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HIBOE TESTIMONY [6/20/2017]: State ESSA Plan


John P. Sosa, EIH Executive Director Hawaii 2014 NASSP Principal of the Year, former District Superintendent of Windward & Honolulu Districts, former superintendent of a Washington state school district

John P. Sosa, EIH Executive Director
Hawaii 2014 NASSP Principal of the Year, former District Superintendent of Windward & Honolulu Districts, former superintendent of a Washington state school district

Good Afternoon Chairperson Mizumoto and members of the Board:

My Name is John Sosa, Executive Director, of Education Institute of Hawaii (EIH), and I am testifying on behalf of our organization.

As you prepare to discuss and consider final approval of the DOE’s ESSA plan, I strongly urge you to table this action until the new Superintendent transition is in place.

It only makes sense that the new superintendent be given an opportunity to review the plan prior to submittal.  And there is time for that to occur.  The Plan is not due until September of 2017, which would still provide time for a review by the new Superintendent and final approval by this board.

The plan could benefit from a more through review of the assessment component as the current plan relies almost exclusively on the Standardized tests scores as measures of success.  There was lots of discussion by the DOE leadership on how schools would be allowed flexibility to develop alternate assessments but no clear outline on how those results would be included, if at all, in a schools review.  We are still locked into a “standardized score” as measures of success.  While it is unrealistic to think a new system would be developed and put in place in time for the submittal of this plan.  A the very least we should began the process of seriously looking at the statewide assessment model, knowing it will take time to rethink and develop a more flexible accountability system, and free schools to truly innovate and reflect their successes.   The Department has expressed no interest in dong this, in fact they express how daunting the task would be, yet the new Superintendent may see the value and wish to move in this direction.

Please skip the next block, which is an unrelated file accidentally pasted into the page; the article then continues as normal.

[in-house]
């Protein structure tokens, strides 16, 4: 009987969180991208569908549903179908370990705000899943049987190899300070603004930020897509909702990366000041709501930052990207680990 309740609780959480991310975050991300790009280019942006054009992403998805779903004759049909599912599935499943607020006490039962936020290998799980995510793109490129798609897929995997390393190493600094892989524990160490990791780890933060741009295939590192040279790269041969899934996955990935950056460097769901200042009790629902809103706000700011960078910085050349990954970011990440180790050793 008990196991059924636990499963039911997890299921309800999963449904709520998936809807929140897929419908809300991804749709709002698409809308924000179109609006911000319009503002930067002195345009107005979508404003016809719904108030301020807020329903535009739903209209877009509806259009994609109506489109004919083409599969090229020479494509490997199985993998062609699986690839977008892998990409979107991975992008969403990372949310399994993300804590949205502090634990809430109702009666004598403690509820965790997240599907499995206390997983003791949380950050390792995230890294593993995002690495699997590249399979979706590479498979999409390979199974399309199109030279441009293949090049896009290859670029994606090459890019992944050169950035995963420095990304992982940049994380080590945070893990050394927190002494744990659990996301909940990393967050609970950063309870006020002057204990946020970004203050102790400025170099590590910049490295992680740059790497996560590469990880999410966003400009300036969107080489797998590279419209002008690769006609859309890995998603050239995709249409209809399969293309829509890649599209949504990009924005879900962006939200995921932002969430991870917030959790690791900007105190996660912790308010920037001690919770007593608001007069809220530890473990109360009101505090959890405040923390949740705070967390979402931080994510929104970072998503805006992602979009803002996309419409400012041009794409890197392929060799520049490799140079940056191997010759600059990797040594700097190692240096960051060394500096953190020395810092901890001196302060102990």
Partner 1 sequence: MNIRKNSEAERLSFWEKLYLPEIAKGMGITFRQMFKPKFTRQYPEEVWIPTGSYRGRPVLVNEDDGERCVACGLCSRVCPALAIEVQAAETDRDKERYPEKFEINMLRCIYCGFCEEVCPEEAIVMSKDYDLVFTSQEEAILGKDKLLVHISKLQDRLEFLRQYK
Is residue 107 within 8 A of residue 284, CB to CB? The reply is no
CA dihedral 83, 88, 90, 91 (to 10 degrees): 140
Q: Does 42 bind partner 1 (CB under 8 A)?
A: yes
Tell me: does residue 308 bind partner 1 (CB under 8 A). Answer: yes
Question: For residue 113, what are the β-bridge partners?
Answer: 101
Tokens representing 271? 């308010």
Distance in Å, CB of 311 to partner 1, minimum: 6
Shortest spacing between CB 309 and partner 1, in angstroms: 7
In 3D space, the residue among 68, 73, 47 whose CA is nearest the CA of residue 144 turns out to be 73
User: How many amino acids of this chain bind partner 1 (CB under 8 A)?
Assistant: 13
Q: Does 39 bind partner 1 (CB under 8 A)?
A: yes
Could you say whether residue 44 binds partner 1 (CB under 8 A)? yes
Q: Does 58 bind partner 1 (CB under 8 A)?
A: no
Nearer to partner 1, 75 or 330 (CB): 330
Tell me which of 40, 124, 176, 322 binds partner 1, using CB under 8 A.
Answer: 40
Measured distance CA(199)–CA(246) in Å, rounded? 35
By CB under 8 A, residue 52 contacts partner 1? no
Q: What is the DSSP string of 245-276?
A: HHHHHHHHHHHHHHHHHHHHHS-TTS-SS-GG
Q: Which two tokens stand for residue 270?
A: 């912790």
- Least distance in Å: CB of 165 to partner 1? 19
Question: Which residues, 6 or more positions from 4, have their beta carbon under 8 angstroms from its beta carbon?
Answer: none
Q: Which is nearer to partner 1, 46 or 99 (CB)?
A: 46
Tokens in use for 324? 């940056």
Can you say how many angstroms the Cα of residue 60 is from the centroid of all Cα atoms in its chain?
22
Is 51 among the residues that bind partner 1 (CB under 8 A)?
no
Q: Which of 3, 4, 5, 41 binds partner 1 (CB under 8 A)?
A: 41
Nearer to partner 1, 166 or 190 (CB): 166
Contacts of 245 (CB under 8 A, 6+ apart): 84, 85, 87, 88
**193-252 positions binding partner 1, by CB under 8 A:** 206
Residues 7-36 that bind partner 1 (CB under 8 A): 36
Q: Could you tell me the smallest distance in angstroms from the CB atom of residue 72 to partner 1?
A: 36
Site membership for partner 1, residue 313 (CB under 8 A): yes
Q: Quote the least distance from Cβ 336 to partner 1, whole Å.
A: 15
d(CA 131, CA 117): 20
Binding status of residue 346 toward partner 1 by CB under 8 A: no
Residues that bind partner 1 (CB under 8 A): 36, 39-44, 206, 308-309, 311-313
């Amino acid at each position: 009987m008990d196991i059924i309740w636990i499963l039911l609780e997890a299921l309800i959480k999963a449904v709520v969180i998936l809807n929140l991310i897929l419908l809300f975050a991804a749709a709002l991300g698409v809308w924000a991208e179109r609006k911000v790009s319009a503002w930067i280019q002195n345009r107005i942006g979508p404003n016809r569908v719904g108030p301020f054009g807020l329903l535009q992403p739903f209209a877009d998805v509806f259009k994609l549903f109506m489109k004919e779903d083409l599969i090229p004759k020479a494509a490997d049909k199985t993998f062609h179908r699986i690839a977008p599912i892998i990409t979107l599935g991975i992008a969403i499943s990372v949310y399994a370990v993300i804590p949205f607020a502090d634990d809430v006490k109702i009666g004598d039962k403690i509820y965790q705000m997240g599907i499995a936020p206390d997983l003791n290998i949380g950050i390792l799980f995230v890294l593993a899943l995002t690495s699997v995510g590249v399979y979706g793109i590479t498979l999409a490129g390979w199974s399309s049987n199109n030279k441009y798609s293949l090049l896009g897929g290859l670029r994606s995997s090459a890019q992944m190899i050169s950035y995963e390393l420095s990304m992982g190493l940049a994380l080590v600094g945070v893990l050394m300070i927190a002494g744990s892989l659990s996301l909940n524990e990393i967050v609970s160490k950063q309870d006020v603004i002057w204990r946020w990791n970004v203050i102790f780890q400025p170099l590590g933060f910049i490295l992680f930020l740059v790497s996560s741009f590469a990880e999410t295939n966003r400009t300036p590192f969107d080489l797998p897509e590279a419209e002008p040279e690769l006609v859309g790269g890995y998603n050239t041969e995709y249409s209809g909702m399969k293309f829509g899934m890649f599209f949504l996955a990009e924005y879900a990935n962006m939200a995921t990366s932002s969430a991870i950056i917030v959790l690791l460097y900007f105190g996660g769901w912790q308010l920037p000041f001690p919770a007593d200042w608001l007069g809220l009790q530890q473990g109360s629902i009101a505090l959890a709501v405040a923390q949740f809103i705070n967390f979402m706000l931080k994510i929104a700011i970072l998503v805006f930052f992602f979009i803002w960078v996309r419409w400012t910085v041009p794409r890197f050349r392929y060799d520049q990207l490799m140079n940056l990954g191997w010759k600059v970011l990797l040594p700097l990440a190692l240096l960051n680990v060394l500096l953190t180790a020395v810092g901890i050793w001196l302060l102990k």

There are differing opinions on how well the plan aligns to the Governors’ ESSA team Blueprint for Education.  The new Superintendent in her limited public comments has expressed strong commitment to supporting the Blueprint and incorporating it into the DOE strategic Plan.  We feel it is imperative to give her the opportunity to review the alignment before it is submitted to the USDOE.

States have been submitting ESSA plans to the USDOE and newly released reviews are providing insight into the level of detail the USDOE is asking from the states.  By making use of the available time the Hawaii DOE could learn from those reviews and adjust the plan as necessary.  For example The USDOE in reviewing Delaware’s plan is questioning if AP tests, or dual enrollment, and some vocational programs, can be used as a measure of college and career readiness, primarily because these programs are not necessarily present in all schools. 

The initial messaging regarding the ESSA plans from the USDOE gave the impression that there was no reason state plans would not be approved, yet the review of three states to date, Nevada, Delaware and New Mexico is showing that the USDOE is asking for much more detailed information.  This review is made more difficult in that some of the key parts of the ESSA are vague and confusing and subject to interpretation.  So it makes sense to use available time to study other submittals and learn from the USDOE’s interpretation.

In closing, by tabling action the DOE could use the time to study carefully what these initial reviews are producing, give the New Superintendent the professional courtesy to weight in on the Plan BEFORE submittal, and for the Department to began to seriously look at it’s statewide assessment model to start the change process necessary to bring it to a point where future Strategic plans could reflect true measures of innovation at the school level. 

Thank you    







Denise MuraiComment